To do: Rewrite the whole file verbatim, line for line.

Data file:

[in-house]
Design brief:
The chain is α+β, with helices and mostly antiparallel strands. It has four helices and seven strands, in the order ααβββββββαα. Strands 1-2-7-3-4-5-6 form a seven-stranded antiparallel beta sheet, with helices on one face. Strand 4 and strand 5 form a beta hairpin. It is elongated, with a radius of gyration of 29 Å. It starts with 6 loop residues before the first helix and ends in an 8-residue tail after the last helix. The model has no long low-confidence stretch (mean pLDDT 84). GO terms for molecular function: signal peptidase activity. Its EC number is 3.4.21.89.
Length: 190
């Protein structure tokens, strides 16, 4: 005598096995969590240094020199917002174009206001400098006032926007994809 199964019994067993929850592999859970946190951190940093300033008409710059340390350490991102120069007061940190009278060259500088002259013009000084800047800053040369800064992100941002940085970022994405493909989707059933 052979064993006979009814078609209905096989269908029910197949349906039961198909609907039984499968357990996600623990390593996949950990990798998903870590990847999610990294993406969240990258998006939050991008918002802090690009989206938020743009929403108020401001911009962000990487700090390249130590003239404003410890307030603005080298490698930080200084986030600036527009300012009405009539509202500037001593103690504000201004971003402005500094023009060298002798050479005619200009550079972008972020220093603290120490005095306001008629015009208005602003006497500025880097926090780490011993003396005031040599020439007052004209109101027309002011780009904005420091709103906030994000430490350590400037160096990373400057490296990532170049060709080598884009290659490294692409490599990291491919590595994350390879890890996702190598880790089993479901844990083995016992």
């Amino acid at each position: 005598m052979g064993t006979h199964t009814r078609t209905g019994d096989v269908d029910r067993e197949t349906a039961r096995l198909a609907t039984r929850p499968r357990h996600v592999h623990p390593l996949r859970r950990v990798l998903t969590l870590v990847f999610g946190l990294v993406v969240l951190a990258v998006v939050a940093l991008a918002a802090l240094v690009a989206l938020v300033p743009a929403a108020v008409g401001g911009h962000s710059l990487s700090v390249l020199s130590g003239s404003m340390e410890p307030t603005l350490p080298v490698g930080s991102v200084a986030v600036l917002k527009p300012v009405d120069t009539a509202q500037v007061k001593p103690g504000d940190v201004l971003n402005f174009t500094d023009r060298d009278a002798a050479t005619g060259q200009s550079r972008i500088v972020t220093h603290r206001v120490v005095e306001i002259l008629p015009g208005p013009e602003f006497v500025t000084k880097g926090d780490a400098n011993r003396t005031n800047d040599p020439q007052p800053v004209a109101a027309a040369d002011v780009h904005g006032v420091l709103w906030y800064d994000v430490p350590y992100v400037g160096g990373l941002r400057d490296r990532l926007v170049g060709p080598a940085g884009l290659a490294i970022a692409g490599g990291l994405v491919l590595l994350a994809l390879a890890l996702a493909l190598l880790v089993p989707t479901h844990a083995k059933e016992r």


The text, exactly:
[in-house]
Design brief:
The chain is α+β, with helices and mostly antiparallel strands. It has four helices and seven strands, in the order ααβββββββαα. Strands 1-2-7-3-4-5-6 form a seven-stranded antiparallel beta sheet, with helices on one face. Strand 4 and strand 5 form a beta hairpin. It is elongated, with a radius of gyration of 29 Å. It starts with 6 loop residues before the first helix and ends in an 8-residue tail after the last helix. The model has no long low-confidence stretch (mean pLDDT 84). GO terms for molecular function: signal peptidase activity. Its EC number is 3.4.21.89.
Length: 190
């Protein structure tokens, strides 16, 4: 005598096995969590240094020199917002174009206001400098006032926007994809 199964019994067993929850592999859970946190951190940093300033008409710059340390350490991102120069007061940190009278060259500088002259013009000084800047800053040369800064992100941002940085970022994405493909989707059933 052979064993006979009814078609209905096989269908029910197949349906039961198909609907039984499968357990996600623990390593996949950990990798998903870590990847999610990294993406969240990258998006939050991008918002802090690009989206938020743009929403108020401001911009962000990487700090390249130590003239404003410890307030603005080298490698930080200084986030600036527009300012009405009539509202500037001593103690504000201004971003402005500094023009060298002798050479005619200009550079972008972020220093603290120490005095306001008629015009208005602003006497500025880097926090780490011993003396005031040599020439007052004209109101027309002011780009904005420091709103906030994000430490350590400037160096990373400057490296990532170049060709080598884009290659490294692409490599990291491919590595994350390879890890996702190598880790089993479901844990083995016992």
């Amino acid at each position: 005598m052979g064993t006979h199964t009814r078609t209905g019994d096989v269908d029910r067993e197949t349906a039961r096995l198909a609907t039984r929850p499968r357990h996600v592999h623990p390593l996949r859970r950990v990798l998903t969590l870590v990847f999610g946190l990294v993406v969240l951190a990258v998006v939050a940093l991008a918002a802090l240094v690009a989206l938020v300033p743009a929403a108020v008409g401001g911009h962000s710059l990487s700090v390249l020199s130590g003239s404003m340390e410890p307030t603005l350490p080298v490698g930080s991102v200084a986030v600036l917002k527009p300012v009405d120069t009539a509202q500037v007061k001593p103690g504000d940190v201004l971003n402005f174009t500094d023009r060298d009278a002798a050479t005619g060259q200009s550079r972008i500088v972020t220093h603290r206001v120490v005095e306001i002259l008629p015009g208005p013009e602003f006497v500025t000084k880097g926090d780490a400098n011993r003396t005031n800047d040599p020439q007052p800053v004209a109101a027309a040369d002011v780009h904005g006032v420091l709103w906030y800064d994000v430490p350590y992100v400037g160096g990373l941002r400057d490296r990532l926007v170049g060709p080598a940085g884009l290659a490294i970022a692409g490599g990291l994405v491919l590595l994350a994809l390879a890890l996702a493909l190598l880790v089993p989707t479901h844990a083995k059933e016992r």